Stacks Bowers reveals details of Pogue II coins
- Published: Jun 5, 2015, 10 AM
The sale is scheduled to be held at Sotheby’s auction galleries at 38 E. 61st St. in New York City. Stack’s Bowers and Sotheby’s are jointly selling the collection.
The auction comprises a total of 105 lots spanning five different series covering five different denominations — early silver half dollars and dollars, and gold $2.50 quarter eagles, $5 half eagles and $10 eagles.
The 105 lots to be offered are 19 Capped Bust half dollars from 1807 through 1822; seven Flowing Hair dollars, one 1794 and six 1795; 21 quarter eagles from 1821 through 1839; 22 half eagles 1795 through 1807; and 15 eagles from 1795 through 1804.
Among the gold coin offerings in the sale is an 1821 Capped Head quarter eagle graded Mint State 66+ by Professional Coin Grading Service.
The coin’s pedigree lists among its previous owners noted numismatists John H. Clapp, Lorin G. Parmelee, Louis E. Eliasberg Sr. and Jimmy Hayes.
While PCGS’s graders certified the coin as a Mint State circulation strike, some advanced numismatists consider the piece to be an example of a Proof coin.
When Bowers and Ruddy Galleries Inc. sold it in the October 1982 sale of Eliasberg’s gold holdings, which was billed as The United States Gold Coin Collection, the auction lot listing described the coin as “Gem Proof-67.”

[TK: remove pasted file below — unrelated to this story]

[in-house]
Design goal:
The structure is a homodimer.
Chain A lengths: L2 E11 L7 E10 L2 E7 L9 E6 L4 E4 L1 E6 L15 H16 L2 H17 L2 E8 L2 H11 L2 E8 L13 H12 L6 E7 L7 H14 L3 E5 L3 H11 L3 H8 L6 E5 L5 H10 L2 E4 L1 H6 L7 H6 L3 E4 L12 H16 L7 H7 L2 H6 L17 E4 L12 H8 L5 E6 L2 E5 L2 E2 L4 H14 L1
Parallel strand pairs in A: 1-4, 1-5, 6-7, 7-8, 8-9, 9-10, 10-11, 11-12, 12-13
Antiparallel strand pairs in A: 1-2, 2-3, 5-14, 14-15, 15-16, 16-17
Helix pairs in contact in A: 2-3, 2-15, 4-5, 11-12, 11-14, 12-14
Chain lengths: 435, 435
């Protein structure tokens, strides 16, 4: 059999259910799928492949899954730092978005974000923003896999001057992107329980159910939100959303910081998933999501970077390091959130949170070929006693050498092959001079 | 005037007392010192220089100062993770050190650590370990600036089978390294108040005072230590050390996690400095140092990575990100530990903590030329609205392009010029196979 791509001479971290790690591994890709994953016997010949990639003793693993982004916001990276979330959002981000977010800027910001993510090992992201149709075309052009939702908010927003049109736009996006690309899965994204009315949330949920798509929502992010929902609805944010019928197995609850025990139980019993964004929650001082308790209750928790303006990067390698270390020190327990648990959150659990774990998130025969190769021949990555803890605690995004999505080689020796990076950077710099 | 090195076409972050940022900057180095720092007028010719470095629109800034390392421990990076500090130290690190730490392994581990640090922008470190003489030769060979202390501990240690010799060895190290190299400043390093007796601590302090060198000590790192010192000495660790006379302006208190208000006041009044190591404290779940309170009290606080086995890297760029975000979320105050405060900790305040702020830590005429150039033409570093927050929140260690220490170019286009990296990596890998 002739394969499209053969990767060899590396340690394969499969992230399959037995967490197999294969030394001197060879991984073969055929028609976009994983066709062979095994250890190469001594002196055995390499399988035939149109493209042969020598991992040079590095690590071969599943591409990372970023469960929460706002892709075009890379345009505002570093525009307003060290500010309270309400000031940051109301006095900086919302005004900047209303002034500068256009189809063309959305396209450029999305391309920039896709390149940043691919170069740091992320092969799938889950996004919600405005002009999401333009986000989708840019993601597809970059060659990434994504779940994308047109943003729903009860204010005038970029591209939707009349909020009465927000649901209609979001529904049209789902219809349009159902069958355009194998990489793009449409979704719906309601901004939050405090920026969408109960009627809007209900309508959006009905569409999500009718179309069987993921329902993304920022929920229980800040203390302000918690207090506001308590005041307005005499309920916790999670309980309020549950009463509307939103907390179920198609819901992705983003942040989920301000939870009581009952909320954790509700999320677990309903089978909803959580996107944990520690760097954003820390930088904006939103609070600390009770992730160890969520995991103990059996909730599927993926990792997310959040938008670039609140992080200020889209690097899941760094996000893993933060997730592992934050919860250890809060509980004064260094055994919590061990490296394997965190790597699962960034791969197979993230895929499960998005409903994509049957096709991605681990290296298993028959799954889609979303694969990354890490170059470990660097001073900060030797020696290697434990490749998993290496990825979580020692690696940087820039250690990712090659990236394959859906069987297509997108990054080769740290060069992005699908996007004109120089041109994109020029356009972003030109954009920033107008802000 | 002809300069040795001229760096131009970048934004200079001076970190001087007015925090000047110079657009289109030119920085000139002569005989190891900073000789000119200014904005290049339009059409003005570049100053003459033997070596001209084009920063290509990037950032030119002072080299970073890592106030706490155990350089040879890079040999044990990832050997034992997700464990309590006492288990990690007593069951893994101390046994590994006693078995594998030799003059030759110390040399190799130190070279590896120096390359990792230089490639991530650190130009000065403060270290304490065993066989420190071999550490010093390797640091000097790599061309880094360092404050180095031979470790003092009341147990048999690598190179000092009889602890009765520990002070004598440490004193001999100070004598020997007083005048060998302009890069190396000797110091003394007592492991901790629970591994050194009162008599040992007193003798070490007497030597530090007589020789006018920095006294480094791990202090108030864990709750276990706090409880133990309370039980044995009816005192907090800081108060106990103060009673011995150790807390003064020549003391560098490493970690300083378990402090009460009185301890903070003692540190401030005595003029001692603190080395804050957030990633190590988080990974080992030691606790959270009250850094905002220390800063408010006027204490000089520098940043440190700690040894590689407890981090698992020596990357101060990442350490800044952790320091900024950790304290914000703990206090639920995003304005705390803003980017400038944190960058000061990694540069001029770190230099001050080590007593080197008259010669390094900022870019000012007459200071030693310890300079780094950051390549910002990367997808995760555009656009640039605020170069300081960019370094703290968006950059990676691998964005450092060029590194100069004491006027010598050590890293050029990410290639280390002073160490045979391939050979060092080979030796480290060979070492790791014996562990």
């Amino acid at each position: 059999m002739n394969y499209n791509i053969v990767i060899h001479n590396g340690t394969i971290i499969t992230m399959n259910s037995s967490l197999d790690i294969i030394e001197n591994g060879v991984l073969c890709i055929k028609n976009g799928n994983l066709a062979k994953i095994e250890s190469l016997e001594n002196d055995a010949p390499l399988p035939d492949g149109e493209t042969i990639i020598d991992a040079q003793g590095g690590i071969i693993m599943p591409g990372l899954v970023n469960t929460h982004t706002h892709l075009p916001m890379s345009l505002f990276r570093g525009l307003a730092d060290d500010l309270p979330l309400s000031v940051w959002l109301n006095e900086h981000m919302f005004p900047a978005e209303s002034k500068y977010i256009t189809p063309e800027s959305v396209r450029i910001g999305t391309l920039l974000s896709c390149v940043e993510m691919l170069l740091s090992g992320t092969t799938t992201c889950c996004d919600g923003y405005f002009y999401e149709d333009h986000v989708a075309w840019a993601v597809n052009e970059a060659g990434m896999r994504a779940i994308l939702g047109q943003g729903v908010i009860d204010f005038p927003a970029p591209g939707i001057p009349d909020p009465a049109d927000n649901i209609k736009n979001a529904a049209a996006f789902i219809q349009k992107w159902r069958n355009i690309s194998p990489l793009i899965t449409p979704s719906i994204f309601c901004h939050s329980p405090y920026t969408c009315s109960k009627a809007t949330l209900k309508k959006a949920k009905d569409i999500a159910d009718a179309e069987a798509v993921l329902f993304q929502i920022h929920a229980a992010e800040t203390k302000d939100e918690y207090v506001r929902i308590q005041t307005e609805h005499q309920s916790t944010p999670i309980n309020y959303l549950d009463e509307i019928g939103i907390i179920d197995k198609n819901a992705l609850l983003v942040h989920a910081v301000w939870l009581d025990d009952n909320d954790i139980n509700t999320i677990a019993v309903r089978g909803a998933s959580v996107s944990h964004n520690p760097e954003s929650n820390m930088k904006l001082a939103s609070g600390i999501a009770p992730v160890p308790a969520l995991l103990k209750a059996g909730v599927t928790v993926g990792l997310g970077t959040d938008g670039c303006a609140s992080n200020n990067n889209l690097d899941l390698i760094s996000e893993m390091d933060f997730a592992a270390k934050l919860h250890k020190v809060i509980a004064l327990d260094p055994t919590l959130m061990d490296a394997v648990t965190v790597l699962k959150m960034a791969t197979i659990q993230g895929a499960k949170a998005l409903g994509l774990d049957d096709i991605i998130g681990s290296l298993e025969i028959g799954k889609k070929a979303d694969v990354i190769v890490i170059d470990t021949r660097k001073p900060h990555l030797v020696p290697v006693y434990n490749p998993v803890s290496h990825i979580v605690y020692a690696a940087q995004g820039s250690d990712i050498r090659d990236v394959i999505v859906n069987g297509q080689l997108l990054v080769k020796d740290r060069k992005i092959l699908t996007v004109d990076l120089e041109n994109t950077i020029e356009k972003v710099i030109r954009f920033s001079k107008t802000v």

In Early U.S. Gold Coin Varieties: A Study of Dies, 1795-1834 by John Dannreuther and Harry W. Bass Jr., the entry for the 1821 quarter eagle issue, BD-1, notes that of 6,448 examples of that date recorded struck, only 50 to 60 examples are known to exist.
Only a small number of the total known are considered to be Proofs.
Dannreuther explains in his reference that it’s possible Proofs were struck on more than one date in 1821.
Some of the circulation strikes and some of the Proof examples exhibit a depression on Liberty’s cheek, just to the right of the corner of Liberty’s lips. The depression was likely caused by some fragment adhering to a die during the preparation of the Proof dies. The fragment, according to Dannreuther, may have been removed or simply fell off during some of the circulation production.
An 1821 Capped Head quarter eagle that is definitively identified as a Proof strike in the National Numismatic Collection does not have the cheek depression on the obverse.
Numismatist John Kraljevich Jr., who is cataloging the Pogue coins, says Pogue’s 1821 quarter eagle does exhibit the cheek depression.
A number of Mint State examples, including one from the Bass Collection, exhibit prooflike surfaces, an indication of having been struck early in the production process for circulation, according to the Dannreuther-Bass reference.
For more information on the sale and other lots to be offered, visit the Stack’s Bowers Galleries website at www.stacksbowers.com.
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